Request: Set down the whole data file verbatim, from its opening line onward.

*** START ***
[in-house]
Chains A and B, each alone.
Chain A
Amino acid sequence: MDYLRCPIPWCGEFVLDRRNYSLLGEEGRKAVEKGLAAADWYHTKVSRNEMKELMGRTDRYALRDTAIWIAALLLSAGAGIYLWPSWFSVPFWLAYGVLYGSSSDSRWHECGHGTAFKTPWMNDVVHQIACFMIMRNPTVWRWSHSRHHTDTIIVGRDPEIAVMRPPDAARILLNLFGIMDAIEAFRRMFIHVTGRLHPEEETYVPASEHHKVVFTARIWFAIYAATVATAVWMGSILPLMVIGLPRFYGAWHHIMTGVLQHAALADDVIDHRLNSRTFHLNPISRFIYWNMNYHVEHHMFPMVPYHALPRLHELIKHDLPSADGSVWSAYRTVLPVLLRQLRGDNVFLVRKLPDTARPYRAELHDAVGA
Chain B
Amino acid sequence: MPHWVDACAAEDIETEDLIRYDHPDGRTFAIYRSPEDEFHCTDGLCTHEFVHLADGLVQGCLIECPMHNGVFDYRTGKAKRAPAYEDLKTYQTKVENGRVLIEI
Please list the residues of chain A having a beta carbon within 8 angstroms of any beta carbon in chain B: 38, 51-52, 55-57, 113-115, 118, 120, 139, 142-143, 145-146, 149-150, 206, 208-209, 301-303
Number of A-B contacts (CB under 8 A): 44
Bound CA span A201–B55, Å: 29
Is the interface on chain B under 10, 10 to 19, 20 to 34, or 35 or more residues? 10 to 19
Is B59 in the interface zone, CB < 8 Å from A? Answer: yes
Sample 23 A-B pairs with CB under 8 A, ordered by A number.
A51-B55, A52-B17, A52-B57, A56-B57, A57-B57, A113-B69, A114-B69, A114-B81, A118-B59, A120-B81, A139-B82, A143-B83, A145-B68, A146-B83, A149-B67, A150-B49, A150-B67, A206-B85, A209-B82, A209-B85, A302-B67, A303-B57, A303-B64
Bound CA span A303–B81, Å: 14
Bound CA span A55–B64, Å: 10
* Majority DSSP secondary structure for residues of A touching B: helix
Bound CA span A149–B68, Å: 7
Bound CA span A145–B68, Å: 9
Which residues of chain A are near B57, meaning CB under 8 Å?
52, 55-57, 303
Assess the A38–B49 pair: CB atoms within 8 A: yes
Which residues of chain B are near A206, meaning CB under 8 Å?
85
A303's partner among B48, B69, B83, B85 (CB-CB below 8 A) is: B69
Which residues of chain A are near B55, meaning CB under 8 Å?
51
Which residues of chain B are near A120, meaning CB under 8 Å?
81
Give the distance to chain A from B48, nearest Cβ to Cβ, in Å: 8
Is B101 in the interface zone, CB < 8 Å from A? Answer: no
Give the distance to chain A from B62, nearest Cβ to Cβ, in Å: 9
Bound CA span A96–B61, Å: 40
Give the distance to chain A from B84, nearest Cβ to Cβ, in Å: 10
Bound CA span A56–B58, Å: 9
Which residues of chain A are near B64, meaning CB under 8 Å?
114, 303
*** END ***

[in-house]
Chains A and B, each alone.
Chain A
Amino acid sequence: MDYLRCPIPWCGEFVLDRRNYSLLGEEGRKAVEKGLAAADWYHTKVSRNEMKELMGRTDRYALRDTAIWIAALLLSAGAGIYLWPSWFSVPFWLAYGVLYGSSSDSRWHECGHGTAFKTPWMNDVVHQIACFMIMRNPTVWRWSHSRHHTDTIIVGRDPEIAVMRPPDAARILLNLFGIMDAIEAFRRMFIHVTGRLHPEEETYVPASEHHKVVFTARIWFAIYAATVATAVWMGSILPLMVIGLPRFYGAWHHIMTGVLQHAALADDVIDHRLNSRTFHLNPISRFIYWNMNYHVEHHMFPMVPYHALPRLHELIKHDLPSADGSVWSAYRTVLPVLLRQLRGDNVFLVRKLPDTARPYRAELHDAVGA
Chain B
Amino acid sequence: MPHWVDACAAEDIETEDLIRYDHPDGRTFAIYRSPEDEFHCTDGLCTHEFVHLADGLVQGCLIECPMHNGVFDYRTGKAKRAPAYEDLKTYQTKVENGRVLIEI
Please list the residues of chain A having a beta carbon within 8 angstroms of any beta carbon in chain B: 38, 51-52, 55-57, 113-115, 118, 120, 139, 142-143, 145-146, 149-150, 206, 208-209, 301-303
Number of A-B contacts (CB under 8 A): 44
Bound CA span A201–B55, Å: 29
Is the interface on chain B under 10, 10 to 19, 20 to 34, or 35 or more residues? 10 to 19
Is B59 in the interface zone, CB < 8 Å from A? Answer: yes
Sample 23 A-B pairs with CB under 8 A, ordered by A number.
A51-B55, A52-B17, A52-B57, A56-B57, A57-B57, A113-B69, A114-B69, A114-B81, A118-B59, A120-B81, A139-B82, A143-B83, A145-B68, A146-B83, A149-B67, A150-B49, A150-B67, A206-B85, A209-B82, A209-B85, A302-B67, A303-B57, A303-B64
Bound CA span A303–B81, Å: 14
Bound CA span A55–B64, Å: 10
* Majority DSSP secondary structure for residues of A touching B: helix
Bound CA span A149–B68, Å: 7
Bound CA span A145–B68, Å: 9
Which residues of chain A are near B57, meaning CB under 8 Å?
52, 55-57, 303
Assess the A38–B49 pair: CB atoms within 8 A: yes
Which residues of chain B are near A206, meaning CB under 8 Å?
85
A303's partner among B48, B69, B83, B85 (CB-CB below 8 A) is: B69
Which residues of chain A are near B55, meaning CB under 8 Å?
51
Which residues of chain B are near A120, meaning CB under 8 Å?
81
Give the distance to chain A from B48, nearest Cβ to Cβ, in Å: 8
Is B101 in the interface zone, CB < 8 Å from A? Answer: no
Give the distance to chain A from B62, nearest Cβ to Cβ, in Å: 9
Bound CA span A96–B61, Å: 40
Give the distance to chain A from B84, nearest Cβ to Cβ, in Å: 10
Bound CA span A56–B58, Å: 9
Which residues of chain A are near B64, meaning CB under 8 Å?
114, 303